Very recently, virtual reality has finally grown out of the ridiculous spectacle of the early ’90s into a legitimate display peripheral. Much of the credit for bringing VR back from the brink and into the mainstream consciousness goes to the Oculus Rift, started by a 22-year-old with the world’s largest head-mounted display collection, Palmer Luckey. He designed his own prototype along with gamer and programmer legend John Carmack (creator of Doom, Quake and other best-sellers at ID Software). The developer version — which is still incidentally the only version available — was funded entirely by a successful Kickstarter campaign that brought in $2,437,429 of the $250,000 originally requested.
Let’s back up a bit and clear up some terms. I think it’s probably best to drop what we classically think of virtual reality as a thing. While things have really improved from 1992’s Lawnmower Man, it’s going to be a while before you slip on a headset and experience a convincing alternate reality — or even a slick virtual interface for blasting around the internet like William Gibson’s classic 1984 cyberpunk book “Neuromancer.” We do have headsets — from the previously mentioned Oculus Rift to some great headsets like the Sony HMZ-T3 (with tracking add-on). The second piece is the physical interaction. This can range from just using a mouse and keyboard, game controller, various pointing devices all the way to room cameras that watch and translate your every movement. Even head movement tracking is a type of input. On the lower end, I think Sixense products are going to be one of most cost efficient and effective options. Another exciting option is the omni-directional sliding treadmill, the Virtuix Omni. You stand on a slick concave disc and walk, run, jump and crouch while being held in place in the center. The advantage of this system is its unlimited range and lack of moving parts to break. The downside would be it is not an entirely natural movement.
When it comes to headsets, it’s the extremely low latency head-tracking that sets the Oculus Rift apart from it’s pricier competitors. To create an image that won’t make your physically sick you need the display to perfectly match what your brain expects based on where it’s pointing. That being said — like 3D glasses — there will be some people who cannot use a head-mounted display without becoming sick. Hopefully as the technology improves, there will be less and less people affected this way. The display technology behind the development version of the Oculus Rift is a bit behind at 640×800 per eye, which can produce a slight “screen door” effect on your image. Version two of the developer Oculus is at 960×1080 per eye and and the promised final consumer version will clock in at 1080p using special low-persistence OLED displays, as well as improved tracking hardware. Of course the acquisition of Oculus by Facebook is going to add resources for improving the technology and hopefully increase the production runs.
Right now, all software for the Oculus is in beta, and really could be described as demo experiences. There are a few full-fledged games that sport Oculus support — particularly on Valve’s digital distribution network Steam. Some of these titles include horror game Outlast, Battlefield 4, Call of Duty Ghosts, Team Fortress 2, Doom 3, Half-Life 2, Minecraft, and — noted non-game — Second Life. The demo experiences are pretty amazing, here is a short YouTube video describing a top ten list.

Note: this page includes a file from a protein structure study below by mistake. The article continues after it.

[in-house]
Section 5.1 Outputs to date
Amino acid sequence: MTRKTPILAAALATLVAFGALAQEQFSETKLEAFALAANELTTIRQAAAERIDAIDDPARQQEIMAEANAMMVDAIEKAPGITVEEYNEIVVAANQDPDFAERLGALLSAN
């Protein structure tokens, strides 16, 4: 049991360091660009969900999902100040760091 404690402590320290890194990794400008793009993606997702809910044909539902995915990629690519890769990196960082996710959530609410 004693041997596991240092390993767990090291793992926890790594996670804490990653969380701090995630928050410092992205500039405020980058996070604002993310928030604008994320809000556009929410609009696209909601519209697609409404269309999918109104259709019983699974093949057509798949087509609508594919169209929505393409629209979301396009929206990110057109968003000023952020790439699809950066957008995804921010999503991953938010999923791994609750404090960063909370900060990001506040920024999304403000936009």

But, that’s not to say there is not still room for established players to come up with some good competition. As I mentioned above, Sony makes a great headset that seems to focus on video and audio quality, but now includes head-tracking. If you want to know more about what the headset is like to use on a daily basis, you should contact Joel Rollins, who loves his. Sony is also splitting off a specific gaming line for the PS4 called Project Morpheus that utilizes the PS4 Move Camera system. Morpheus includes an interesting new development — eye tracking as input. Unconscious eye movements could be predictors as an in-game mechanics, or used in some innovative commercial control applications — not to mention tracking analytics. Samsung is also jumping into the headset game with the Gear VR headset that was recently leaked. Their strategy would be to utilize one of their existing phones as the display.
So why should we care about a small branch of consumer electronics? This area of AV is so new that the first companies to have fully functioning demo setups and to offer comprehensive pre-setup packages will almost certainly stand to make a profit, at least for a while. As the technology spreads and becomes more mainstream, end-users are going to know what to look for and possibly roll their own setups — particularly in the HomeAV market. On the pro side, companies are already making an entry to the market — selling both hardware and creating custom software simulations. I ran into WorldViz at InfoComm, which is doing exactly that.
VR can also become a creative avenue for new solutions to problems. VR could be used to create some very interesting UX and UI conventions for control interfaces. Imagine pairing a blank panel of physical buttons and wearing gloves with tracking dots on the fingers. When you slip on the headset you could have an infinitely customizable set of labels, colors and dynamic visual feedback for that control board. Tracking would provide hand avatars that to let you see what you are pressing. Unlike an iPad’s touchscreen, you would have physical/tactile control, which can be very helpful. Also, imagine mapping your head movements to a PTZ camera for staging or remote monitoring applications. These are just a few ideas, and with the creativity and innovation that I know runs deep in the AV industry, I have hope that VR will eventually find a foothold in the business.